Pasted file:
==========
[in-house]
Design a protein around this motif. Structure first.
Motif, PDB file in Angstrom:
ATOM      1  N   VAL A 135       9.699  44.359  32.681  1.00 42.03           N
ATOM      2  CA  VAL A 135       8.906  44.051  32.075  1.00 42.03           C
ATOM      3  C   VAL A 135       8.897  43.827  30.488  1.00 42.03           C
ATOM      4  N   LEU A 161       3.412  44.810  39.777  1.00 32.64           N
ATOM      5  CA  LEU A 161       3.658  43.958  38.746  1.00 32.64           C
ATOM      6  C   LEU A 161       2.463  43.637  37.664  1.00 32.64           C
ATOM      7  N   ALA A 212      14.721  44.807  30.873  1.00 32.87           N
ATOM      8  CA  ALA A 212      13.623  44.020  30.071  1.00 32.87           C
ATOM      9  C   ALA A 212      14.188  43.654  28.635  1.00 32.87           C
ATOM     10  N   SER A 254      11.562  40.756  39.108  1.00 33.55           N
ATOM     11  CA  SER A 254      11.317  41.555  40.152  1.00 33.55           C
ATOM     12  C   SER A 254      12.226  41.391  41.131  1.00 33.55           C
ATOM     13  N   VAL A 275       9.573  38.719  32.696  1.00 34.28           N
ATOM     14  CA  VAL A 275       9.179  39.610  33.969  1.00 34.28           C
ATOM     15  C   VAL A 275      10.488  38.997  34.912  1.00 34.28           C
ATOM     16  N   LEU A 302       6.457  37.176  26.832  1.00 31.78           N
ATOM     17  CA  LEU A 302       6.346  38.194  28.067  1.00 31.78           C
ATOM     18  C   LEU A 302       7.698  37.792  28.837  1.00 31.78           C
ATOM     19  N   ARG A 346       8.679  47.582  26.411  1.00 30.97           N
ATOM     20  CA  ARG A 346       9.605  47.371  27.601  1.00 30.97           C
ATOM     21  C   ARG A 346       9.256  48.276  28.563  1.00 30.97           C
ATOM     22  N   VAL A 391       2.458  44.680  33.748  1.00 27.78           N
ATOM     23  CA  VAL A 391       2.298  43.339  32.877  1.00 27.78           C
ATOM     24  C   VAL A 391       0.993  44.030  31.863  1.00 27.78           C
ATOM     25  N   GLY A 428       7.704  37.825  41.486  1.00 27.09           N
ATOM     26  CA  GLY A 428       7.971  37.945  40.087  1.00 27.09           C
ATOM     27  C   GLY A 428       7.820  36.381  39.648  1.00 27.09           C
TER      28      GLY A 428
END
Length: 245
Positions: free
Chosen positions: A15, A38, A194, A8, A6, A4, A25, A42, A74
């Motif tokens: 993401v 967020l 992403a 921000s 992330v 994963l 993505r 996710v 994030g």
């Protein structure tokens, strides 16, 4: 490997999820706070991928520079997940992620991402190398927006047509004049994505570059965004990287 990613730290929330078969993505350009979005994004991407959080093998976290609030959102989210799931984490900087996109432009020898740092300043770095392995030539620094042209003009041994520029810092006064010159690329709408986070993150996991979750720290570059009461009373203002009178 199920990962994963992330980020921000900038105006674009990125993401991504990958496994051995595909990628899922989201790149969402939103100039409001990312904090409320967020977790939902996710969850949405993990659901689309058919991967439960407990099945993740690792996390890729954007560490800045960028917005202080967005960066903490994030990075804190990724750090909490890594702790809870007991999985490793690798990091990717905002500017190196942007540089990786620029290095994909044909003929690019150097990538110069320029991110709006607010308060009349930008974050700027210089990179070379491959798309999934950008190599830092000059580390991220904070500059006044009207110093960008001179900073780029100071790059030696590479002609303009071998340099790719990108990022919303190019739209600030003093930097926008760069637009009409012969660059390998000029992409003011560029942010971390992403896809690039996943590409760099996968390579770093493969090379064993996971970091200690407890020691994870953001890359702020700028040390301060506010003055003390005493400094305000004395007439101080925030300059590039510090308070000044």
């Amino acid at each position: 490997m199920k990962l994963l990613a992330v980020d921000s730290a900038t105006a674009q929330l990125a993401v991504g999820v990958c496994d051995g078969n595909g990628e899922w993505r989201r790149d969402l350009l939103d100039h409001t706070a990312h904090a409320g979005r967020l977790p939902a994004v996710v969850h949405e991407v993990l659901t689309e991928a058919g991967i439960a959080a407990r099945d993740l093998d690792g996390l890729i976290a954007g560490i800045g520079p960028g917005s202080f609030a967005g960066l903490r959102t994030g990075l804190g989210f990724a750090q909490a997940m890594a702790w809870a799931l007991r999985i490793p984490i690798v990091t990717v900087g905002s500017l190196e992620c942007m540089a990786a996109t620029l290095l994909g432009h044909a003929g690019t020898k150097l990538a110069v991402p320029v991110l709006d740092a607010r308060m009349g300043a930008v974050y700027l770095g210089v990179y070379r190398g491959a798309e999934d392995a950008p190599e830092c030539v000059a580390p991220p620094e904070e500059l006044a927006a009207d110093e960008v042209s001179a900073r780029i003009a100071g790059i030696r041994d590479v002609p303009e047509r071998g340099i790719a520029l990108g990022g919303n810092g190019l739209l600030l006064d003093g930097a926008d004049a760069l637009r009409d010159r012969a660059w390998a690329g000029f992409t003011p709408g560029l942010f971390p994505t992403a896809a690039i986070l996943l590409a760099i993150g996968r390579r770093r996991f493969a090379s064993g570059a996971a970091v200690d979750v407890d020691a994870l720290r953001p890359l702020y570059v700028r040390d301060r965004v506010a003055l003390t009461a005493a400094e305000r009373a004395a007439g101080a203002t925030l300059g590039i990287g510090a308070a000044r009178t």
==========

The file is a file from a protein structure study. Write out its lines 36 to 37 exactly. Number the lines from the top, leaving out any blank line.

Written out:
């Motif tokens: 993401v 967020l 992403a 921000s 992330v 994963l 993505r 996710v 994030g």
């Protein structure tokens, strides 16, 4: 490997999820706070991928520079997940992620991402190398927006047509004049994505570059965004990287 990613730290929330078969993505350009979005994004991407959080093998976290609030959102989210799931984490900087996109432009020898740092300043770095392995030539620094042209003009041994520029810092006064010159690329709408986070993150996991979750720290570059009461009373203002009178 199920990962994963992330980020921000900038105006674009990125993401991504990958496994051995595909990628899922989201790149969402939103100039409001990312904090409320967020977790939902996710969850949405993990659901689309058919991967439960407990099945993740690792996390890729954007560490800045960028917005202080967005960066903490994030990075804190990724750090909490890594702790809870007991999985490793690798990091990717905002500017190196942007540089990786620029290095994909044909003929690019150097990538110069320029991110709006607010308060009349930008974050700027210089990179070379491959798309999934950008190599830092000059580390991220904070500059006044009207110093960008001179900073780029100071790059030696590479002609303009071998340099790719990108990022919303190019739209600030003093930097926008760069637009009409012969660059390998000029992409003011560029942010971390992403896809690039996943590409760099996968390579770093493969090379064993996971970091200690407890020691994870953001890359702020700028040390301060506010003055003390005493400094305000004395007439101080925030300059590039510090308070000044």